CHICAGO, IL – Everyone knows how dangerous it is to consume alcohol or drugs before getting behind the wheel; however, a drug that’s often overlooked is over-the-counter (OTC) or prescription medications. Some medications you may not think twice about have side effects that can put you and others at risk on the roadway.
Common Medication Side Effects
If you have recently taken medication, it’s important to check if you feel any side effects before getting behind the wheel. Some common side effects include:
- Inability to focus or pay attention
- Delayed reaction time
- Blurred vision
Some people may experience side effects while others may not feel any at all. Side effects can last for short periods of time or they may last for several hours. Stronger medications or ones that have an extended-release property can affect someone throughout the following day. Some medicines have a warning to not operate heavy machinery, including driving a car.
Medications That Can Affect Driving
The U.S. Food and Drug Administration (FDA) lists drugs that could make it dangerous to drive, including:
- Opioid pain relivers such as oxycodone, codeine, and morphine or any product containing codeine
- Prescription drugs for anxiety: for example, benzodiazepines or Valium
- Anti-seizure drugs (antiepileptic drugs) like lorazepam
- Antipsychotic drugs, such as risperidone
- Some antidepressants like Zoloft or Lexapro
- Cold remedies and allergy products (both prescription and OTC), such as Nyquil and Benadryl
- Muscle relaxers like cyclobenzaprine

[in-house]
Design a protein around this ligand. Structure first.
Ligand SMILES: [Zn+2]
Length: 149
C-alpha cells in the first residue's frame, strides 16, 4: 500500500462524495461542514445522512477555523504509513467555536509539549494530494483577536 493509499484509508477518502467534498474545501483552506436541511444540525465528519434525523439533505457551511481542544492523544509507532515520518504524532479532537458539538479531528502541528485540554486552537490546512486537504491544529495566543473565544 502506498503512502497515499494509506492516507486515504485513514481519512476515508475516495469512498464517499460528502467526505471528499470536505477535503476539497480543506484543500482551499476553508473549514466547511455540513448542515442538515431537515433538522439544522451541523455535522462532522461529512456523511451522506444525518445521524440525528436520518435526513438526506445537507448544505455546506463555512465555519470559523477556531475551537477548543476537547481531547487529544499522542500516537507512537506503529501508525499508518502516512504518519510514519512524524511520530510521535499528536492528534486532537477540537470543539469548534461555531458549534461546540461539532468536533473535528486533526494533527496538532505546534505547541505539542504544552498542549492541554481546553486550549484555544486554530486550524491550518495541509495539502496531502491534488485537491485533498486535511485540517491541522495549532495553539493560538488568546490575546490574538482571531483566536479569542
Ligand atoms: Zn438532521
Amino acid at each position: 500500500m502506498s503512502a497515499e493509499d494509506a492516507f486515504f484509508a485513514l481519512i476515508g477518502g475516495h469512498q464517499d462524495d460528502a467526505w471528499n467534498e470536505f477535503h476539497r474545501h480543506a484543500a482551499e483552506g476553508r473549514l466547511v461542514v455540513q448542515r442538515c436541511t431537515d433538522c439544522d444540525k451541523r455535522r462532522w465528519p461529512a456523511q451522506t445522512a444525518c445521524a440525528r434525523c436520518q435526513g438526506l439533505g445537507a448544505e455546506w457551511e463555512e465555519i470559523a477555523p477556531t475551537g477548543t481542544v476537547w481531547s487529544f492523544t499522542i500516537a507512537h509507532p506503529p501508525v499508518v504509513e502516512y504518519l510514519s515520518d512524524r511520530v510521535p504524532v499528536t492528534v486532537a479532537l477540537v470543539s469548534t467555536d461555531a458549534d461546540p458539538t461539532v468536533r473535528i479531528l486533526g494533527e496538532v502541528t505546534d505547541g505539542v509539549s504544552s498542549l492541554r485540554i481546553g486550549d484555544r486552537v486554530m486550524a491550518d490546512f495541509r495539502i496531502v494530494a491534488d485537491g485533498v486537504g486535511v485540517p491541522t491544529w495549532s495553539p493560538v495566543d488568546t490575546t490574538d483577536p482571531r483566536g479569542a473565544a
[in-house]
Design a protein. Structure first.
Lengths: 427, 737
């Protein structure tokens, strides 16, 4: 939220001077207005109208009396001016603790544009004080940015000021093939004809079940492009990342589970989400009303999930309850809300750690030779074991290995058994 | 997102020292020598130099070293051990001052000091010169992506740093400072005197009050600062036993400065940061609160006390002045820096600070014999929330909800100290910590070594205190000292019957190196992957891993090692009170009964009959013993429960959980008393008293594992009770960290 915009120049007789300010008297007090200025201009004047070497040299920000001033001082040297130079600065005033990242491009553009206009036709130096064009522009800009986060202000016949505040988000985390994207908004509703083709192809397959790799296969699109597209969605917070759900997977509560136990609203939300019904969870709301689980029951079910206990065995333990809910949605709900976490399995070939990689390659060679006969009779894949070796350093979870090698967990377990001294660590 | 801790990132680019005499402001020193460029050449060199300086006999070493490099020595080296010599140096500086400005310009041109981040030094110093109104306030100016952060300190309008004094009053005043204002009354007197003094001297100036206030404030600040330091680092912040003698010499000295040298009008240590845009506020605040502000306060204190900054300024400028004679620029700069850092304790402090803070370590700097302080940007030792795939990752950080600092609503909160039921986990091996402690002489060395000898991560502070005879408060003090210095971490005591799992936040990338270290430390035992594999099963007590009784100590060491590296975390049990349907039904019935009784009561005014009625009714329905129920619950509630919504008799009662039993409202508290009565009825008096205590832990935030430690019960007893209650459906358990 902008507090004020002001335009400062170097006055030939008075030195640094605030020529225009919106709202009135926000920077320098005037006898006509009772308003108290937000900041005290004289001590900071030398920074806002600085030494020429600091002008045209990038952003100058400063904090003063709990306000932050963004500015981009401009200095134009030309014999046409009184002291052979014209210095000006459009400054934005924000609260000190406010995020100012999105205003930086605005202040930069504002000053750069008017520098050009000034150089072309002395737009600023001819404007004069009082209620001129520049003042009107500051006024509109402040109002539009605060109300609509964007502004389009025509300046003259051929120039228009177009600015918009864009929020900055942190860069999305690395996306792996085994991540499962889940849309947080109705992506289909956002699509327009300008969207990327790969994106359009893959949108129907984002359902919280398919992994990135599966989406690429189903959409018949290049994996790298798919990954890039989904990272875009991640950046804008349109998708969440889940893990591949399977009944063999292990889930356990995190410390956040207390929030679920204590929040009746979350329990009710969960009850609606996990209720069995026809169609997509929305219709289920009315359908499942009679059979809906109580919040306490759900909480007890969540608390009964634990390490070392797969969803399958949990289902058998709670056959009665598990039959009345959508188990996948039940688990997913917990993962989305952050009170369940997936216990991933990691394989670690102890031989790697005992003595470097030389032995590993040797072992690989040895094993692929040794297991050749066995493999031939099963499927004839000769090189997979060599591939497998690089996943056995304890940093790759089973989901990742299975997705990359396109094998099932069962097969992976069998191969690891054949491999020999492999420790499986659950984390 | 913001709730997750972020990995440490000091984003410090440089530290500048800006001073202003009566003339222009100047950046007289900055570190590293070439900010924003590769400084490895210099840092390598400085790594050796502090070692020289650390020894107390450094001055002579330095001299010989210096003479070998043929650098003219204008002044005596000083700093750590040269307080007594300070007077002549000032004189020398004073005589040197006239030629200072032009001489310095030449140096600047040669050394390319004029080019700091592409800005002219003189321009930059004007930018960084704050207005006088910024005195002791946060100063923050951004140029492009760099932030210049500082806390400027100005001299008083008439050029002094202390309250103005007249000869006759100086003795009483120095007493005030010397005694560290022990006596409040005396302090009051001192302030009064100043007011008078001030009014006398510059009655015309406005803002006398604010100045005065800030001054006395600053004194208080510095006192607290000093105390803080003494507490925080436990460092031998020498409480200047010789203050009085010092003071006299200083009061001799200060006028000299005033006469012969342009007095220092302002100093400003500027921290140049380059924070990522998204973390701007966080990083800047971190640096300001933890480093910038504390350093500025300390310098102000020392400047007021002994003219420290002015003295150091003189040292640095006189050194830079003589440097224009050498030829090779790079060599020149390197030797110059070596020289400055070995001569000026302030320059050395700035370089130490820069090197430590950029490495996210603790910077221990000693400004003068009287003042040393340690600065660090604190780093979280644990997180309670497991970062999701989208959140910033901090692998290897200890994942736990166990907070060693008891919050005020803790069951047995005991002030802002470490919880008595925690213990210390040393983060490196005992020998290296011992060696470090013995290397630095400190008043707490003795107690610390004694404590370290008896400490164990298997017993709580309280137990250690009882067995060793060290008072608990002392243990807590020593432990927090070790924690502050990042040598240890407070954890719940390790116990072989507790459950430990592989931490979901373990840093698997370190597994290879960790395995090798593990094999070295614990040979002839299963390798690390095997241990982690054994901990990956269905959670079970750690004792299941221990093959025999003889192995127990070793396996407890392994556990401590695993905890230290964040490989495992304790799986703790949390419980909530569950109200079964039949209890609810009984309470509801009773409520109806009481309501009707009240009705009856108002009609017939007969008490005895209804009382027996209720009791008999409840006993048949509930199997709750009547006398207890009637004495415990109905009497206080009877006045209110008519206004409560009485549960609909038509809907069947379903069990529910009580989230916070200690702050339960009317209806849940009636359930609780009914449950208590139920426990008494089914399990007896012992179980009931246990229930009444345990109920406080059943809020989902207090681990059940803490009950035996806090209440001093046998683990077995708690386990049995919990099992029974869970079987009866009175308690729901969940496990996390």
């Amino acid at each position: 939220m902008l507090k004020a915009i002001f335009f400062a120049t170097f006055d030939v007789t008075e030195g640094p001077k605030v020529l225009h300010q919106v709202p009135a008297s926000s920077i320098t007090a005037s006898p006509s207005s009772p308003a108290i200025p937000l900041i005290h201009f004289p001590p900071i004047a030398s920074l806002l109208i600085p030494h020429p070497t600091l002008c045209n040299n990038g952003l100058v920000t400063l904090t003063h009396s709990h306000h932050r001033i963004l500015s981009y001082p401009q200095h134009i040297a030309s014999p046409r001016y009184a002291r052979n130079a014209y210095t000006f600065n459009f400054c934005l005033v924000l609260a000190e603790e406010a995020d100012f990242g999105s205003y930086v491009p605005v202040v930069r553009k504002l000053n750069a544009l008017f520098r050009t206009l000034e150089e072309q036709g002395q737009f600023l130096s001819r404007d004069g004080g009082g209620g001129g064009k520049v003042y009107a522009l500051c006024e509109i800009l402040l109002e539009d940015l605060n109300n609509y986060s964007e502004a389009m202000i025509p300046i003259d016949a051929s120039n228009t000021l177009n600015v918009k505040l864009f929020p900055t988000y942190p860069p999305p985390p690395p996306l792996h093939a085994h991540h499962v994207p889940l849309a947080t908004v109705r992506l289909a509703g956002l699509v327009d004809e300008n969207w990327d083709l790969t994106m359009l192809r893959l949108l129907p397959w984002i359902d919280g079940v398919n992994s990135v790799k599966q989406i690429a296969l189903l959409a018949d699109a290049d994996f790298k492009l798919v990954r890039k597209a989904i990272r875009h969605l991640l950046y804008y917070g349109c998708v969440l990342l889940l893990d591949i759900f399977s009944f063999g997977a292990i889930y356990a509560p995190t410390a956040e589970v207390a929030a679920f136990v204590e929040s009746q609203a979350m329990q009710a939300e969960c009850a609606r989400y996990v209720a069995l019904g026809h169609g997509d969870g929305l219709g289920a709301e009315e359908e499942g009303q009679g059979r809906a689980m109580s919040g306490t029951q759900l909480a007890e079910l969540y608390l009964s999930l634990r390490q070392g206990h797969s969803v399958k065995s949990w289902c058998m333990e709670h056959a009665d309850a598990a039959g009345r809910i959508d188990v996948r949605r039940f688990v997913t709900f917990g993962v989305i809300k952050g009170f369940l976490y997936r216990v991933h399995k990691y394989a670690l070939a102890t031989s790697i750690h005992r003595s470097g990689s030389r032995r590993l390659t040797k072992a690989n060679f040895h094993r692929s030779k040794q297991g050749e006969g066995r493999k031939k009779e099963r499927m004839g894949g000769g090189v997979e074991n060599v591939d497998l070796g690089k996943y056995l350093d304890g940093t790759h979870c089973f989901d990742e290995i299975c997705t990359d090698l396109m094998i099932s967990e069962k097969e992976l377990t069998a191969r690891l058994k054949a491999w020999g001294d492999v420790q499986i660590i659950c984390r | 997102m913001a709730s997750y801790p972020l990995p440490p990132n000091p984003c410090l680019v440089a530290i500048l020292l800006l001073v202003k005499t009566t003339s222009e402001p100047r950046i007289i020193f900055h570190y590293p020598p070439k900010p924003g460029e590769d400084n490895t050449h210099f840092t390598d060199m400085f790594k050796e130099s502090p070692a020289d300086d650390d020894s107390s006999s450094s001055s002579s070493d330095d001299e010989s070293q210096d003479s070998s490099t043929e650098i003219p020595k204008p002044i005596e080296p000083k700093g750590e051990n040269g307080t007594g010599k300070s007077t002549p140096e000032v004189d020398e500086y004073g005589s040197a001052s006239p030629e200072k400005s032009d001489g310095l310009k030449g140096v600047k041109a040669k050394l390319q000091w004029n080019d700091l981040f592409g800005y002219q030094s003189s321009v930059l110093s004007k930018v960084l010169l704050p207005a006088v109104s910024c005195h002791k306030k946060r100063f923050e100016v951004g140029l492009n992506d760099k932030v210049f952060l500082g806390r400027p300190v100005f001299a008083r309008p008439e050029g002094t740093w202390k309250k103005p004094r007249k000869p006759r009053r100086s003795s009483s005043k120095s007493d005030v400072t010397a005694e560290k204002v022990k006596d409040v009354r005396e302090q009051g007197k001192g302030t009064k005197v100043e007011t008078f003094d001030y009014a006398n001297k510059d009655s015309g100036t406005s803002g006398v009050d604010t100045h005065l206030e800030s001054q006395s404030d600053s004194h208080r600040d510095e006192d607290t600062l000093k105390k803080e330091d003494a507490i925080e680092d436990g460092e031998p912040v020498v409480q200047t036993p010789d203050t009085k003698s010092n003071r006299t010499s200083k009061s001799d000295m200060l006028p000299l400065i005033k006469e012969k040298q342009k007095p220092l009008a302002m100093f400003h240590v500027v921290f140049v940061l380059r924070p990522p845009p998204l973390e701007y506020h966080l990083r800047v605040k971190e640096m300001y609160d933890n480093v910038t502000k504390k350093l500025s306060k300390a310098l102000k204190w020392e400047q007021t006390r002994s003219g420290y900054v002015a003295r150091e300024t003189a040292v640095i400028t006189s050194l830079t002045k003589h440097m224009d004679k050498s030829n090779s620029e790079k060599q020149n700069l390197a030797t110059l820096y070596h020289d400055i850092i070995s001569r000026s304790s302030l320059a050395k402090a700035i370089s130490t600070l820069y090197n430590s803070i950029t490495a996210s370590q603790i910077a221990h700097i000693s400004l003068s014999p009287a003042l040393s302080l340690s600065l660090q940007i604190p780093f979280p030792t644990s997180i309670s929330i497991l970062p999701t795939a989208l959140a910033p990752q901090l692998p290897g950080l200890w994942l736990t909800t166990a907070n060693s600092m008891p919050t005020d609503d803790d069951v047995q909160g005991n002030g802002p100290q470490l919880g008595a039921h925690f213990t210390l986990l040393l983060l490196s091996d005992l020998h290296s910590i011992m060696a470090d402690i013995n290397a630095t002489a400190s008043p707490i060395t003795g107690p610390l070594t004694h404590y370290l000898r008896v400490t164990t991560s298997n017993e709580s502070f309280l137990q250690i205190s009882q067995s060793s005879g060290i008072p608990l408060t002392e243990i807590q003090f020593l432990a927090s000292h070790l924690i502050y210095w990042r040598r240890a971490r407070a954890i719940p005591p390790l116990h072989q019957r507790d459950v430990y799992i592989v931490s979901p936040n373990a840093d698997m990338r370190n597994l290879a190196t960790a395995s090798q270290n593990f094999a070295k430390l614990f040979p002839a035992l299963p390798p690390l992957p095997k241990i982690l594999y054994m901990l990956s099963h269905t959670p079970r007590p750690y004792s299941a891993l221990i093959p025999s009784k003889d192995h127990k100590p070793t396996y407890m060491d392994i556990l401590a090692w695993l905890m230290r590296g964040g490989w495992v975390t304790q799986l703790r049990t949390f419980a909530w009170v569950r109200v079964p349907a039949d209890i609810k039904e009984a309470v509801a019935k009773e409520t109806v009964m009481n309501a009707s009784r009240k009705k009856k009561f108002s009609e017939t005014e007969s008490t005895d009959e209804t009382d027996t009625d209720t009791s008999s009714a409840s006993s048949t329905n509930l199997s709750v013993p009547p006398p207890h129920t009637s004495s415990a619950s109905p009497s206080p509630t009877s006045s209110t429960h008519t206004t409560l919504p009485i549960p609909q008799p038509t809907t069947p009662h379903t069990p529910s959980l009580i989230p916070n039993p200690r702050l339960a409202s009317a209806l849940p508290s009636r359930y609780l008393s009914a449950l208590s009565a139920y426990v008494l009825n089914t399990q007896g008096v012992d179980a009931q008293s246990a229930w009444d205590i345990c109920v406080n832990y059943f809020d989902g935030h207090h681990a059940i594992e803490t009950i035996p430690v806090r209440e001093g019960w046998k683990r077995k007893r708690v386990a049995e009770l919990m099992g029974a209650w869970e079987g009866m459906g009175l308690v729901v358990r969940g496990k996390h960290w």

- Medicines that treat or control symptoms of diarrhea, such as Imodium
- Medicines that treat or prevent symptoms of motion sickness like Bonine
- Diet pills, “stay awake” drugs, and other medications with stimulants (e.g., caffeine, ephedrine, pseudoephedrine)
- CBD products
Effects of Sleep Medicine
For people who struggle with insomnia and falling asleep, they may take medication to help them sleep. A widely used ingredient in prescribed sleep medication is zolpidem, which belongs to a class of medications called sedative-hypnotics. The FDA has found that medication that contains zolpidem, especially extended-release medications, can impair a person’s driving ability and daily activities the next morning.
People who take sleep medicine should talk to their doctor about ways to take the lowest effective dose.
How Allergy Medicines Can Affect Your Ability to Drive
Many people who have allergies, and for those who take medications containing antihistamines, these medicines can interfere with driving and operating heavy machinery, including driving a vehicle. Antihistamines slow a person’s reaction time, can make it hard to focus or think clearly, and make cause confusion or drowsiness.
It’s important to read the OTC Drug Facts label of medicine to understand warnings before consuming it. Avoid drinking alcohol or consuming other medications that contain antihistamines as it can increase the side effects.
It’s important to inform your health care provider of the products you are taking, including prescription, OTC, and herbal products. If you notice any side effects, let your doctor know about these. Always follow directions for use and read warnings on medication packaging and handouts from the pharmacy.
Involved in an Accident?
If you were involved in an accident by someone who was experiencing side effects from medication, please call our office today to learn your legal rights. The skilled attorneys at Dinizulu Law Group, Ltd. have been fighting to protect the rights of accident and injury victims for more than 20 years throughout the Chicagoland area. Contact us today to learn more information.